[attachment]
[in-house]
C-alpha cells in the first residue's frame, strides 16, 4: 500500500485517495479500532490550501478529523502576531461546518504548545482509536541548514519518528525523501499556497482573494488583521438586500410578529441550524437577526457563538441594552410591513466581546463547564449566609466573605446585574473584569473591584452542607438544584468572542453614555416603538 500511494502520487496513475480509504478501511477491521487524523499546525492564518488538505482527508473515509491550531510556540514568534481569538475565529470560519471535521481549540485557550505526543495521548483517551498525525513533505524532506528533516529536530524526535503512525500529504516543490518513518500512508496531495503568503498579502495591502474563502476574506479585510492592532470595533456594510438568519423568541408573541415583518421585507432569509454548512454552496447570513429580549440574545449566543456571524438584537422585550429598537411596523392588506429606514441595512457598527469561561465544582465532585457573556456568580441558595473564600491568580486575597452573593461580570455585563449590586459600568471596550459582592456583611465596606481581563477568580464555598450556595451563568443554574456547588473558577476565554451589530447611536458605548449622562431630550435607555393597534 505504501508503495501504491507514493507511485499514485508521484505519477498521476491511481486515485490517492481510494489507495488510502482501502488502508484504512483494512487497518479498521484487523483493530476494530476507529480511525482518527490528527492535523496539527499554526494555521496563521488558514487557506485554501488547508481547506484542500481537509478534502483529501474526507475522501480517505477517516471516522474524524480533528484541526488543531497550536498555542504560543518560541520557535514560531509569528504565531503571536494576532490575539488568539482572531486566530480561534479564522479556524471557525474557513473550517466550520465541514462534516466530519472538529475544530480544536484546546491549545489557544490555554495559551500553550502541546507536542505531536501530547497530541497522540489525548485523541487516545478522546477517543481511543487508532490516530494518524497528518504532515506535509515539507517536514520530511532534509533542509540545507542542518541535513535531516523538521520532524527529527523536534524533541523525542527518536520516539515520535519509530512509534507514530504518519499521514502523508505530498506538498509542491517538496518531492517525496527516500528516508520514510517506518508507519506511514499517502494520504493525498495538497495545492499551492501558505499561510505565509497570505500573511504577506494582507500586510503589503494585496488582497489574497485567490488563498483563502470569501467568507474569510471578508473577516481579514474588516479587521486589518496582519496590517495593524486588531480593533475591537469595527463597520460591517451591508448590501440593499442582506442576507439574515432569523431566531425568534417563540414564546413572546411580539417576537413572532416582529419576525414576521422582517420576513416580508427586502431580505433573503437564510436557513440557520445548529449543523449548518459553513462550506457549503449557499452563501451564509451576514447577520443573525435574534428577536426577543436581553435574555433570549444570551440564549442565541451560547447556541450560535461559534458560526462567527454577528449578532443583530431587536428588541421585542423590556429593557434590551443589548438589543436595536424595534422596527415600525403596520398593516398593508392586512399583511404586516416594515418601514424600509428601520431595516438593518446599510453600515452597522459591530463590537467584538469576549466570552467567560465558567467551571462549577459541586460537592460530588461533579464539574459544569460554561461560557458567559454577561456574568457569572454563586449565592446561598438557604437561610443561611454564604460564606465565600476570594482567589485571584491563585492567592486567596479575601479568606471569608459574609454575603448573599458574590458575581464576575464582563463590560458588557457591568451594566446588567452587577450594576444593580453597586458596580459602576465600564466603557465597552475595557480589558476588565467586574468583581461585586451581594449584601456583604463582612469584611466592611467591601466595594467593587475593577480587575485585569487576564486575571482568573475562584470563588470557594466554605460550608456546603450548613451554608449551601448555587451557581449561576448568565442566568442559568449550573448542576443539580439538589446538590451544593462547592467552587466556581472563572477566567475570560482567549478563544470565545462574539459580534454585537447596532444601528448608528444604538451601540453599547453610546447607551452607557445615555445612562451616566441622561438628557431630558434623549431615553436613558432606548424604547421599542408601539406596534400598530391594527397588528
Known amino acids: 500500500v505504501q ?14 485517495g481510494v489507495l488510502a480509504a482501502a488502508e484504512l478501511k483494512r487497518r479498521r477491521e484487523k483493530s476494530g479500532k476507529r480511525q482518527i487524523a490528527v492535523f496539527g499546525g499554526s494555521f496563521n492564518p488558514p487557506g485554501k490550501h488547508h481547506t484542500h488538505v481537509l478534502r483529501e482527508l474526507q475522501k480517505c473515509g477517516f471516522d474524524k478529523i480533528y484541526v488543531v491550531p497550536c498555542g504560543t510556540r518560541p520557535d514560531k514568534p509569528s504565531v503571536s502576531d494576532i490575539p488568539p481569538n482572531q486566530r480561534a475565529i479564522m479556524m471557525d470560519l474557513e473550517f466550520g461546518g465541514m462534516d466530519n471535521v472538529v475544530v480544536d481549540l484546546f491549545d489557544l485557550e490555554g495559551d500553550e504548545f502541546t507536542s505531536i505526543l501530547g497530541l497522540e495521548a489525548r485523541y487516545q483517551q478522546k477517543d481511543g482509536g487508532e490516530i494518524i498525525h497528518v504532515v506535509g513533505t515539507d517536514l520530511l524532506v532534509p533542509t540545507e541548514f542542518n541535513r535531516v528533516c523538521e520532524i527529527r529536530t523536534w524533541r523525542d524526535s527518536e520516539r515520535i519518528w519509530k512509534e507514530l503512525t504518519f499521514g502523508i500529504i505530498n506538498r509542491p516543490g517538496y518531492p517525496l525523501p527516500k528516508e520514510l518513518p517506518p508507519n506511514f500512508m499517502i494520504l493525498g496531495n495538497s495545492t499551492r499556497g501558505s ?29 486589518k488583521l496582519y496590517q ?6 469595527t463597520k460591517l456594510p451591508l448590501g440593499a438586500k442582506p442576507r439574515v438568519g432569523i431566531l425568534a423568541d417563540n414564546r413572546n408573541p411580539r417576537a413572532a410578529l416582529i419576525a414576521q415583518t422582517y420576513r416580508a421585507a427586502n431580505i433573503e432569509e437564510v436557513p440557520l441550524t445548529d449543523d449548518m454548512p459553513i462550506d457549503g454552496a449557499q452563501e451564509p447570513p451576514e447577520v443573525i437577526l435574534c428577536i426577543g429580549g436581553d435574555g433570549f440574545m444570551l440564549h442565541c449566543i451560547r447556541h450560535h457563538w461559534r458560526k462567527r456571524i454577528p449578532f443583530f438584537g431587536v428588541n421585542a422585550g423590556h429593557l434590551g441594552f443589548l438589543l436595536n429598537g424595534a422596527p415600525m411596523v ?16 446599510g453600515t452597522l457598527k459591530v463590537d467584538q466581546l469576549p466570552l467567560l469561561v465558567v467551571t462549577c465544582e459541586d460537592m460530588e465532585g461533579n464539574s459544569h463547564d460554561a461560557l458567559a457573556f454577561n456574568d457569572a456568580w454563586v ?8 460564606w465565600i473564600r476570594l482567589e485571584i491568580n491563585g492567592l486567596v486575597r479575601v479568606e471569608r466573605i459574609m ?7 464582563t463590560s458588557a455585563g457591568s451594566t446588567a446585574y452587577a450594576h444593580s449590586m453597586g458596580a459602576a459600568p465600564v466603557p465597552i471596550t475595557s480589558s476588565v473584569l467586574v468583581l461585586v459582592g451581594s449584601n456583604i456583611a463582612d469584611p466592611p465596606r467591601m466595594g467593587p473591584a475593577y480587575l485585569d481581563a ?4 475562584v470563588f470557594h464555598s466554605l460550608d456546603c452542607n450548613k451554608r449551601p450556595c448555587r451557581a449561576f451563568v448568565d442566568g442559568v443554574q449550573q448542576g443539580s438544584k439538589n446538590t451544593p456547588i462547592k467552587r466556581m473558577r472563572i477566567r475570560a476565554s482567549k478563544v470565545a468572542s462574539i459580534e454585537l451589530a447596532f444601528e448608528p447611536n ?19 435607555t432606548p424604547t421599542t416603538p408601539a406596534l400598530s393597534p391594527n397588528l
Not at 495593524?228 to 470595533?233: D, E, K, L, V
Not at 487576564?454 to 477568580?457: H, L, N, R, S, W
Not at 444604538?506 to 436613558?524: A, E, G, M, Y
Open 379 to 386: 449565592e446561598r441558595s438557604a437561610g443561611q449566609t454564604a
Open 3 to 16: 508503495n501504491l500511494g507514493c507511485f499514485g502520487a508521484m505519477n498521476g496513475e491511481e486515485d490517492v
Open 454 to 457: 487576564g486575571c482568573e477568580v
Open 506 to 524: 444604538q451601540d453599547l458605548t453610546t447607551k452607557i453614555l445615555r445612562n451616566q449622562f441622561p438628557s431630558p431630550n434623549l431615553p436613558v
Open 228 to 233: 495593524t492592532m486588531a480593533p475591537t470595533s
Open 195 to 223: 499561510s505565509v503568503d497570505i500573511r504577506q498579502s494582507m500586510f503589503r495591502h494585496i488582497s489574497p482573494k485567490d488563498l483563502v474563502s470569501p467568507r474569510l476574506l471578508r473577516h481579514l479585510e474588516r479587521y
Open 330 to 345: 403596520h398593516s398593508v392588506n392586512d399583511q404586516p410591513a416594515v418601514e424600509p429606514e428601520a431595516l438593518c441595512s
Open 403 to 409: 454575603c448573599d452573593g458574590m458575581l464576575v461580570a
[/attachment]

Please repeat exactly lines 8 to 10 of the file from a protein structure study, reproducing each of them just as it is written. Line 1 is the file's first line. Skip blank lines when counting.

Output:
Open 3 to 16: 508503495n501504491l500511494g507514493c507511485f499514485g502520487a508521484m505519477n498521476g496513475e491511481e486515485d490517492v
Open 454 to 457: 487576564g486575571c482568573e477568580v
Open 506 to 524: 444604538q451601540d453599547l458605548t453610546t447607551k452607557i453614555l445615555r445612562n451616566q449622562f441622561p438628557s431630558p431630550n434623549l431615553p436613558v